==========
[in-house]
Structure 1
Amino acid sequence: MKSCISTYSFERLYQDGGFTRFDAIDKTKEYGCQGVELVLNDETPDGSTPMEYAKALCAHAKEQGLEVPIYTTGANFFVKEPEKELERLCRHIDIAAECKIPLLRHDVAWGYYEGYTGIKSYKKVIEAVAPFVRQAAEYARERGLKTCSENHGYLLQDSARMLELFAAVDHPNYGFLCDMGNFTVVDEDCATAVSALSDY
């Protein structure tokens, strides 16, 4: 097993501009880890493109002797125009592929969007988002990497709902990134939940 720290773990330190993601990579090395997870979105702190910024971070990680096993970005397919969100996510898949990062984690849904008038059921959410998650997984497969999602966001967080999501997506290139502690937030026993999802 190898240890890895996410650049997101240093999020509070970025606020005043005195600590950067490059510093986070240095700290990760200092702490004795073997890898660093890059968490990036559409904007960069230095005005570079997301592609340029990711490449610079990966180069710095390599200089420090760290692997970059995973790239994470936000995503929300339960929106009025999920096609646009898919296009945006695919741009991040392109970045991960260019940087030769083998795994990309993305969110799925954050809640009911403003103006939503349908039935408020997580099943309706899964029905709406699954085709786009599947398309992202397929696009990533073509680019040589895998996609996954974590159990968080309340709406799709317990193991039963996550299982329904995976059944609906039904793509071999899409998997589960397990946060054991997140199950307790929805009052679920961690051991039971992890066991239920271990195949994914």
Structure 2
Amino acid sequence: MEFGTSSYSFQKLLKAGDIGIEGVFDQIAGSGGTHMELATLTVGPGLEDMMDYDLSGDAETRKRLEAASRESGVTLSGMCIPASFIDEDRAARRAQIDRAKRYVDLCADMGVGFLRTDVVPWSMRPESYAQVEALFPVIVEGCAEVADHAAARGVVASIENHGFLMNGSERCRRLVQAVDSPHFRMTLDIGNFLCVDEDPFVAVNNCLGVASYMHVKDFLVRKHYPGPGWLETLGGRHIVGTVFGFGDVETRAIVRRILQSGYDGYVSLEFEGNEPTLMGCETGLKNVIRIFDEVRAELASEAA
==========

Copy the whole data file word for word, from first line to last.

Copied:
[in-house]
Structure 1
Amino acid sequence: MKSCISTYSFERLYQDGGFTRFDAIDKTKEYGCQGVELVLNDETPDGSTPMEYAKALCAHAKEQGLEVPIYTTGANFFVKEPEKELERLCRHIDIAAECKIPLLRHDVAWGYYEGYTGIKSYKKVIEAVAPFVRQAAEYARERGLKTCSENHGYLLQDSARMLELFAAVDHPNYGFLCDMGNFTVVDEDCATAVSALSDY
């Protein structure tokens, strides 16, 4: 097993501009880890493109002797125009592929969007988002990497709902990134939940 720290773990330190993601990579090395997870979105702190910024971070990680096993970005397919969100996510898949990062984690849904008038059921959410998650997984497969999602966001967080999501997506290139502690937030026993999802 190898240890890895996410650049997101240093999020509070970025606020005043005195600590950067490059510093986070240095700290990760200092702490004795073997890898660093890059968490990036559409904007960069230095005005570079997301592609340029990711490449610079990966180069710095390599200089420090760290692997970059995973790239994470936000995503929300339960929106009025999920096609646009898919296009945006695919741009991040392109970045991960260019940087030769083998795994990309993305969110799925954050809640009911403003103006939503349908039935408020997580099943309706899964029905709406699954085709786009599947398309992202397929696009990533073509680019040589895998996609996954974590159990968080309340709406799709317990193991039963996550299982329904995976059944609906039904793509071999899409998997589960397990946060054991997140199950307790929805009052679920961690051991039971992890066991239920271990195949994914």
Structure 2
Amino acid sequence: MEFGTSSYSFQKLLKAGDIGIEGVFDQIAGSGGTHMELATLTVGPGLEDMMDYDLSGDAETRKRLEAASRESGVTLSGMCIPASFIDEDRAARRAQIDRAKRYVDLCADMGVGFLRTDVVPWSMRPESYAQVEALFPVIVEGCAEVADHAAARGVVASIENHGFLMNGSERCRRLVQAVDSPHFRMTLDIGNFLCVDEDPFVAVNNCLGVASYMHVKDFLVRKHYPGPGWLETLGGRHIVGTVFGFGDVETRAIVRRILQSGYDGYVSLEFEGNEPTLMGCETGLKNVIRIFDEVRAELASEAA